How to successfully implement flexible working practices

Legislation has given employees the right to request flexible working and compel employers to consider and put into practice in a reasonable time frame.

Facilities Managers have been critical to its implementation, teaming up with other main groups that include IT, human resources and real estate, all working together to develop a policy that ensures employers and employees alike benefit from the right work-life balance.

Here we provide a good and bad scenario before identifying a key strategy to implement flexible working successfully.

The Good

A good flexible working programme has the right underlying reasons for operating.

Employers need to ask themselves why they are making the changes, what both employer and employees will gain from them. Will flexible working improve production levels, will it provide better customer care, or will it result in more committed employees?

There needs to be wide and effective engagement with the user community who will need to accept change. Employees must be consulted. Are they worried that working part-time from home will damage their career prospects? As an employer are you worried about lack of control? Clarity of the end game is important, as you consider the outcome for each group of users.

Then there’s use of the right technology. Today’s workspace and scheduling software delivers improved room space utilisation, whilst lowering operating costs and providing the efficient booking processes needed to support flexible working.

The leadership team must embrace and lead relevant change, as everyone works together to sell the benefits and to make sure the feedback loop is open and inclusive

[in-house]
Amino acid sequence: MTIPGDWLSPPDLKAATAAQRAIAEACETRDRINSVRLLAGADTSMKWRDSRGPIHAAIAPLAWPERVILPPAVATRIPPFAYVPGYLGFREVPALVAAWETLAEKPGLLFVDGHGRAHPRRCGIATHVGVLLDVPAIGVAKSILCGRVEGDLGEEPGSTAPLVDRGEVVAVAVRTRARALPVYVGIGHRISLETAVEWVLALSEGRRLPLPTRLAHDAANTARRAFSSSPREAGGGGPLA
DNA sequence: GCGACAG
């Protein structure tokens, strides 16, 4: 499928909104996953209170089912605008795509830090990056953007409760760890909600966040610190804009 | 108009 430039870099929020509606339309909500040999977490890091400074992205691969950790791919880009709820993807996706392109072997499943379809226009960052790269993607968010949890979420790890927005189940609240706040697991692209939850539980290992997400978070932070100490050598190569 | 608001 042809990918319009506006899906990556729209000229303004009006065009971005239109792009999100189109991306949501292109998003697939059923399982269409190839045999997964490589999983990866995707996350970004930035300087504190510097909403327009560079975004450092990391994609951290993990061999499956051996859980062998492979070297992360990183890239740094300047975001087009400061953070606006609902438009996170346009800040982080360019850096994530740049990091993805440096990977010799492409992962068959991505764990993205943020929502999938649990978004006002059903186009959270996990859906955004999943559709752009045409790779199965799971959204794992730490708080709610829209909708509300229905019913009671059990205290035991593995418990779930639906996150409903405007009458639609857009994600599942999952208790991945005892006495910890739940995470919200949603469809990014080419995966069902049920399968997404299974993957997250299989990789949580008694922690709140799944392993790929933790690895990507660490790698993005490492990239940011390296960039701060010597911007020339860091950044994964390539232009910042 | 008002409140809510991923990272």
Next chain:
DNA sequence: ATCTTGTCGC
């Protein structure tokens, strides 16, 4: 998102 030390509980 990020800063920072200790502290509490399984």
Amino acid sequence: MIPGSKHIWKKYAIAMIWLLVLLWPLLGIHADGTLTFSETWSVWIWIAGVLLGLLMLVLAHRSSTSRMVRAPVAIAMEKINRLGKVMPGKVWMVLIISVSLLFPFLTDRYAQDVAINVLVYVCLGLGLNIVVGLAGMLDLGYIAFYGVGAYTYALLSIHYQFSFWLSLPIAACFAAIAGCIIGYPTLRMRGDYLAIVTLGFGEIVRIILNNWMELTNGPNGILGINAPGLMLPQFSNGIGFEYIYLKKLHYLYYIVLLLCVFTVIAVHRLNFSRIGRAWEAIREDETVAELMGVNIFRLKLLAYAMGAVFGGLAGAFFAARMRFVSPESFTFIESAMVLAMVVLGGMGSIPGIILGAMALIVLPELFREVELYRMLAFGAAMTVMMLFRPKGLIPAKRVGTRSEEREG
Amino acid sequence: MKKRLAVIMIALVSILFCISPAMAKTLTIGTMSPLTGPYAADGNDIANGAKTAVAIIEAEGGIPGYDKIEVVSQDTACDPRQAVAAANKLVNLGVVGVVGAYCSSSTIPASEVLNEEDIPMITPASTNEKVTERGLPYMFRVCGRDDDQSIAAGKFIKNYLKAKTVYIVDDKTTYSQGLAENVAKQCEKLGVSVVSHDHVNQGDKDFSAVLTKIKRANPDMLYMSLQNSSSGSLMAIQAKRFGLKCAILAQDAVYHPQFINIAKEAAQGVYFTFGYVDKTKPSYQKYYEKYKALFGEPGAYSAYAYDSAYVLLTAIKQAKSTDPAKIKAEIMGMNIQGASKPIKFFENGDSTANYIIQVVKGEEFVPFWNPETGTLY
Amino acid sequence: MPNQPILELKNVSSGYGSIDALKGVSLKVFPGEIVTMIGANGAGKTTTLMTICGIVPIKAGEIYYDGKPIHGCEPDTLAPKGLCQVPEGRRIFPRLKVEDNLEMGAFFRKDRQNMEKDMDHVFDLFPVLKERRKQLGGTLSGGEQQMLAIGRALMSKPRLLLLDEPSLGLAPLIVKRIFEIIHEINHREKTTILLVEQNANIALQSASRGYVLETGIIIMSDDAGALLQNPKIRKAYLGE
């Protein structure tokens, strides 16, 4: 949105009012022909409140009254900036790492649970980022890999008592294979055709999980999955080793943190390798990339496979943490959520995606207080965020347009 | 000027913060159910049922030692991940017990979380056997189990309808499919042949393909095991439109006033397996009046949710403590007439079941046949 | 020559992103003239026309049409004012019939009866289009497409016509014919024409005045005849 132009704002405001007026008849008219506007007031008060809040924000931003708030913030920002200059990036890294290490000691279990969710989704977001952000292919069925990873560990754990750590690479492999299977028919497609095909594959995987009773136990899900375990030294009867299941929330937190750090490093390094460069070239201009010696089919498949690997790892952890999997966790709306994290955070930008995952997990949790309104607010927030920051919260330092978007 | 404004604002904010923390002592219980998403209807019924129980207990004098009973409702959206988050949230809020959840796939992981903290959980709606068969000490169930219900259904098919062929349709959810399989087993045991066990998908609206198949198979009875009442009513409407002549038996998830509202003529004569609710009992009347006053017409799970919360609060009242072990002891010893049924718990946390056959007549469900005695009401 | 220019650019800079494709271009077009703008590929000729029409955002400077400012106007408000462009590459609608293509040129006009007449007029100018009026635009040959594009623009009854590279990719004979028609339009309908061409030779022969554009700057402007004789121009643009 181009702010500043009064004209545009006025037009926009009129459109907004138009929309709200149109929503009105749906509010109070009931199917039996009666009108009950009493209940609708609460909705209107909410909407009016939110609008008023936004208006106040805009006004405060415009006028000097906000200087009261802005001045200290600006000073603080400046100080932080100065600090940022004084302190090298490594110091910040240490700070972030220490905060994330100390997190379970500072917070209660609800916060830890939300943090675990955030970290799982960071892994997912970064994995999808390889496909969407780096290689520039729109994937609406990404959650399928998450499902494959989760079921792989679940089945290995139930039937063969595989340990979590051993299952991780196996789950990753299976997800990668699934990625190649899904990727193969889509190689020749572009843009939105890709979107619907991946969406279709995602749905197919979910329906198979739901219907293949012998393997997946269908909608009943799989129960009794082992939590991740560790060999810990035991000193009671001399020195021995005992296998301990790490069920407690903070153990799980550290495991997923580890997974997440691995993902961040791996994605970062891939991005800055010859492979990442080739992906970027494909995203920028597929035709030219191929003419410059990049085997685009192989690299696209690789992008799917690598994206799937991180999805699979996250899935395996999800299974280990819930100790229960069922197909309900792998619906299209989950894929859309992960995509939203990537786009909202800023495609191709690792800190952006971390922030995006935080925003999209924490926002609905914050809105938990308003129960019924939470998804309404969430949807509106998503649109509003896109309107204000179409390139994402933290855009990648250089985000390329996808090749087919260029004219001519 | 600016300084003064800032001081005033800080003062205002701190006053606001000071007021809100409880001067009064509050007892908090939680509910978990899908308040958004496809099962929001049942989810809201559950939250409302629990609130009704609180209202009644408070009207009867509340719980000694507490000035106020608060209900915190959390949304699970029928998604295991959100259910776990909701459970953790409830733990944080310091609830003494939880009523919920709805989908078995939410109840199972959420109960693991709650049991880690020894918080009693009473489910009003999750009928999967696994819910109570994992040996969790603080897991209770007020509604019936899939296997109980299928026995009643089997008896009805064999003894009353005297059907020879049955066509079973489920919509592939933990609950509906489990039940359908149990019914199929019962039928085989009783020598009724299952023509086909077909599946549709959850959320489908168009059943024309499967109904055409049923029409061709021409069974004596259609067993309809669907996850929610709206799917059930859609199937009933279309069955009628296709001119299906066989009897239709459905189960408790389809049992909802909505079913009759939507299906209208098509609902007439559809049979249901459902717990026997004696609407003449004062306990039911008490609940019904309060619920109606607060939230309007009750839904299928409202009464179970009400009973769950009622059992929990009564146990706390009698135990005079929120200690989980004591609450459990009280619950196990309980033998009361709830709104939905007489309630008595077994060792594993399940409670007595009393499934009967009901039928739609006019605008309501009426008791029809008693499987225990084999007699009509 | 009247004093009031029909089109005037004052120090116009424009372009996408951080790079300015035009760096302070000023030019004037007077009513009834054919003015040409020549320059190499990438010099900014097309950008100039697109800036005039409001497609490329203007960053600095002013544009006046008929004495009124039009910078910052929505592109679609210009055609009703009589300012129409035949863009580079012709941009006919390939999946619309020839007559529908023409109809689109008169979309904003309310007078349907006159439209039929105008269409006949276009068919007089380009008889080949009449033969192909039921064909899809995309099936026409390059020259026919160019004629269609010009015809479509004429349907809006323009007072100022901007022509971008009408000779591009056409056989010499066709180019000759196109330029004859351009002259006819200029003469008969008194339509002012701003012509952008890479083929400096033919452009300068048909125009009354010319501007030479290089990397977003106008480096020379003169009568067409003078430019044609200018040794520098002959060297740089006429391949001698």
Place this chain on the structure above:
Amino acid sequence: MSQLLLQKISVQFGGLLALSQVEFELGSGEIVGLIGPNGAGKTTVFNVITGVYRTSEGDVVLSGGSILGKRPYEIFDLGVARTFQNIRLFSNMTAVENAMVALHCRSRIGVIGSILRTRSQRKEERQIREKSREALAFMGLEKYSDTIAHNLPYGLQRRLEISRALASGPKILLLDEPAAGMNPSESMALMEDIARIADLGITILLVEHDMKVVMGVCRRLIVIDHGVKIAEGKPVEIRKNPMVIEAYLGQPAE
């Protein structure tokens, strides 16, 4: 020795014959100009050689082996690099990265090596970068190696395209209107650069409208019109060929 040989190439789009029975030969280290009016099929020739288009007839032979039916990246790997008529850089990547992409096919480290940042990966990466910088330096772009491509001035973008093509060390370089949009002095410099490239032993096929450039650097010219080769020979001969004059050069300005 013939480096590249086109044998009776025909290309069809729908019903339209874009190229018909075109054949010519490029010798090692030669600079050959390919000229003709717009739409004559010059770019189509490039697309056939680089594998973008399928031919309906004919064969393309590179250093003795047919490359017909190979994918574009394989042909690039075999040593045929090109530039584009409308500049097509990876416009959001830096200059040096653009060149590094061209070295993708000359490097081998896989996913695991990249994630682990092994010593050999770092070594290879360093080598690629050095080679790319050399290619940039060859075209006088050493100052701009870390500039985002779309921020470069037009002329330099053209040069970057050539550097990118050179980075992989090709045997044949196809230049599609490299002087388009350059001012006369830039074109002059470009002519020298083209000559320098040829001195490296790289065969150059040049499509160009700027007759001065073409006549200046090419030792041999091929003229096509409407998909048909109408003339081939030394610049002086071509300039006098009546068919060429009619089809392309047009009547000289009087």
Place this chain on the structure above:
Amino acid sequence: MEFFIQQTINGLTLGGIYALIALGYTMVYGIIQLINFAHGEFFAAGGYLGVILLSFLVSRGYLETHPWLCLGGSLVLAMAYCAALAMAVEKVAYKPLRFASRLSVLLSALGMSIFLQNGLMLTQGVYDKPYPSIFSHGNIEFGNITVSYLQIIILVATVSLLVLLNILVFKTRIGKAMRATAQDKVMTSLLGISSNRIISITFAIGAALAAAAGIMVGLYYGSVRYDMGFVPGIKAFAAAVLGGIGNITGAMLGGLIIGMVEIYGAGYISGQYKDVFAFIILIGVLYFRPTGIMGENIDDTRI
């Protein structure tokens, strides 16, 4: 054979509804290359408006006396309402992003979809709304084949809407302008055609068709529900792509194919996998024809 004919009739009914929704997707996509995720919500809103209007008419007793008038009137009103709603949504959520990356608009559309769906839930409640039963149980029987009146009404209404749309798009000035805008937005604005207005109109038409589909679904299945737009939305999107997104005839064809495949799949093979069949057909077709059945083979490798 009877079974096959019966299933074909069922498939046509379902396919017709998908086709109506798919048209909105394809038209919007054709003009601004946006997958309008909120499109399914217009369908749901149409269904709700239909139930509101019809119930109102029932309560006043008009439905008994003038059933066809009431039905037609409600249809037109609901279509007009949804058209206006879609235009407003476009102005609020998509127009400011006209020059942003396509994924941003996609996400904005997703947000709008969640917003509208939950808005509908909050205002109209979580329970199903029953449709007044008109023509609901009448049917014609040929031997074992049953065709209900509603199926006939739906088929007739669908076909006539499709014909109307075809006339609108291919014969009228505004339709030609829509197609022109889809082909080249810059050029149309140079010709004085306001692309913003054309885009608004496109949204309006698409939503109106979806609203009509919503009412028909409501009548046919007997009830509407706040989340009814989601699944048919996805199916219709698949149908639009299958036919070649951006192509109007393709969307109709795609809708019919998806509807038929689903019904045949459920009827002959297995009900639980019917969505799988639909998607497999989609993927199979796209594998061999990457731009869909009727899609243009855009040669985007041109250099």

There needs to be excellent communications on the project with a focus on keeping everyone informed on how change is delivering benefits. And there needs to be an excitement among everyone involved.

The Bad

To make flexible working operate efficiently, its aims must be clearly articulated, and everyone from the top down needs to be involved. If the person at the top merely implements it in an academic manner without any real staff engagement, it is doomed to fail.

Failure is also the result of poor research on the impact and benefits of change on a business, along with poor communication among staff about the initiative.

For it to work, the right groups need to be engaged or aligned. Bring in the wrong people or ignore those who have the insight to gauge the feelings of the workforce and the desired results will not be achieved.

Maybe you already have technology installed to handle room and workspace scheduling. But is it the right technology for the job in hand? Does it, for example, allow for hot desking? Do your staff have tablets or laptops that will allow them to work from anywhere with an internet connection? Answer no to any of those questions and it’s time to think again about your flexible working policy.

Flexible Working Checklist

Here’s a 12-point Checklist to Help You Get Flexible Working Right in Your Organisation:

  1. Start by identifying what employers and employees expect to get from flexible working.
  2. Think about the needs of your specific business.
  3. Plan changes well in advance.
  4. Make sure employers and employees keep in constant contact to identify what works best for all.
  5. Research, research, research to find out what works best for everyone concerned.
  6. Don’t be afraid to change your mind if research turns up something that you didn’t foresee, or didn’t initially approve of.
  7. Set up a task force to implement policies.
  8. Distribute a questionnaire about the suitability of flexible working, and listen to what the recipients have to say.
  9. Examine how flexible working will impact on areas such as production, staffing, supervisions, contracts, satisfaction and overall efficiency.
  10. Check that your flexible working policy is within the law as it was instigated in the legislation of 30th June 2014.
  11. Trial changes before implementing them.
  12. Keep a watchful eye on progress and continually monitor how the changes are working out.

For More Information on Implementing Flexible Working Practices with the Use of Technology, Please Visit

Nick Day
Nick Day Head of Rendezvous Sales Posted on: December 13, 2015
United Kingdom USA South Africa Ireland Asia
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